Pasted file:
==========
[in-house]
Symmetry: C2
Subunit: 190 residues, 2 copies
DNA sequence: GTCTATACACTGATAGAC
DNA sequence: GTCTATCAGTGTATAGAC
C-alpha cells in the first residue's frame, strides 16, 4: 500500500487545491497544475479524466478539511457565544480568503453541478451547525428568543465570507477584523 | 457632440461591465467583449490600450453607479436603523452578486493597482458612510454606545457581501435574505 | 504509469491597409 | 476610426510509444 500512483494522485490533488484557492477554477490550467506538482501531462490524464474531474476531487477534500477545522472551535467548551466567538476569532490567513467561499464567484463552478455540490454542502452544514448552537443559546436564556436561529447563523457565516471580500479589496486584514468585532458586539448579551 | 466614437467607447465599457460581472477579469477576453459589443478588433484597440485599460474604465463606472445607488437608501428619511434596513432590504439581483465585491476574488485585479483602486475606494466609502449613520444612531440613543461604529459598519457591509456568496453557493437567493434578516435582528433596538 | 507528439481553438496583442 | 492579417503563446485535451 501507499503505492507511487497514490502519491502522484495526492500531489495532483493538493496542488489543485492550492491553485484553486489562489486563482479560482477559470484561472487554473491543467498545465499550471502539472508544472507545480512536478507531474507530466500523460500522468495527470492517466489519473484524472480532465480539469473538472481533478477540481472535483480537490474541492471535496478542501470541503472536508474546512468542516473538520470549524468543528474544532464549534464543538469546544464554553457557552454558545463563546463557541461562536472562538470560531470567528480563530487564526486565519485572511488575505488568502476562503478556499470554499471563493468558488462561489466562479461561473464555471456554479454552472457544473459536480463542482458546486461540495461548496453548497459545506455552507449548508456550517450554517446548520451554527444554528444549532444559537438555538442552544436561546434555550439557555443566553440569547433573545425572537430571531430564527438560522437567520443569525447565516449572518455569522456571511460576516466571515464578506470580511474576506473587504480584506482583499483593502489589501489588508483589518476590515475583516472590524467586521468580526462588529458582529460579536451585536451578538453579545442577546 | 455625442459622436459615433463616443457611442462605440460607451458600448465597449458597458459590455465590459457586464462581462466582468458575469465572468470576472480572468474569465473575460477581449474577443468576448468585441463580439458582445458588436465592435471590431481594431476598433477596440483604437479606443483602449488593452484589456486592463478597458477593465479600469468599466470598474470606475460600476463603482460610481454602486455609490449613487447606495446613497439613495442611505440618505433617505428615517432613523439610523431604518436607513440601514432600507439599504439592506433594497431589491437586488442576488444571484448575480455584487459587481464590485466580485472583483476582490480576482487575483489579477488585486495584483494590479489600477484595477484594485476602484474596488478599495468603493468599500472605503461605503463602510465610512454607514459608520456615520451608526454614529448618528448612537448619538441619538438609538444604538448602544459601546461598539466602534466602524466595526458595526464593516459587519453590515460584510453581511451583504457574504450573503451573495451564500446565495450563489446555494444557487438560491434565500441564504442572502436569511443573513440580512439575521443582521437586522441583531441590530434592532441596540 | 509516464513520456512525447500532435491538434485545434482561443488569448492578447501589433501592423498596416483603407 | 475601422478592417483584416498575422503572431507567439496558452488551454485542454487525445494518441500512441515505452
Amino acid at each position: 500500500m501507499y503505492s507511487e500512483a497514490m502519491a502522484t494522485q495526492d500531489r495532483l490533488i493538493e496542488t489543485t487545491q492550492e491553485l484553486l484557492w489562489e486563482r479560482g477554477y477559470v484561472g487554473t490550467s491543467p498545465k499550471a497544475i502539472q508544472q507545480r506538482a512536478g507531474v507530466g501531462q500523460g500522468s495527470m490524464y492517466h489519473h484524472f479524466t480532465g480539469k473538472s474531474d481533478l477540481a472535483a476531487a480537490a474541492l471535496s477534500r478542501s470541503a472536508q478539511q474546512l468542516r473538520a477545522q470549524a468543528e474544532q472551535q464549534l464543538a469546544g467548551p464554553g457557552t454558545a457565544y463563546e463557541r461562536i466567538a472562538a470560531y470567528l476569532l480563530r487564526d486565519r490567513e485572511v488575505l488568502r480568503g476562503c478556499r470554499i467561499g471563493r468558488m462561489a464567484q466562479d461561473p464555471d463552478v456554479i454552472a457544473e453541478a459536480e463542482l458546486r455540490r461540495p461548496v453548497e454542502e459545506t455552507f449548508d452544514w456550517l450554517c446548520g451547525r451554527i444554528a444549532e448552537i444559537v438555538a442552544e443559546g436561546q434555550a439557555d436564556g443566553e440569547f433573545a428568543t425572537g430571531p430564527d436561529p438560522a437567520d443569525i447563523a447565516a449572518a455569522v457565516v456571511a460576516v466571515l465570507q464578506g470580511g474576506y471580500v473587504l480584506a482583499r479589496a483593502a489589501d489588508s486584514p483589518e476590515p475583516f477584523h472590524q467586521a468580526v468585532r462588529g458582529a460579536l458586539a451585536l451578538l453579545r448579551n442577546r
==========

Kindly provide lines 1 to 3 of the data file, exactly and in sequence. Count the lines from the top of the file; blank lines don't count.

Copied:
[in-house]
Symmetry: C2
Subunit: 190 residues, 2 copies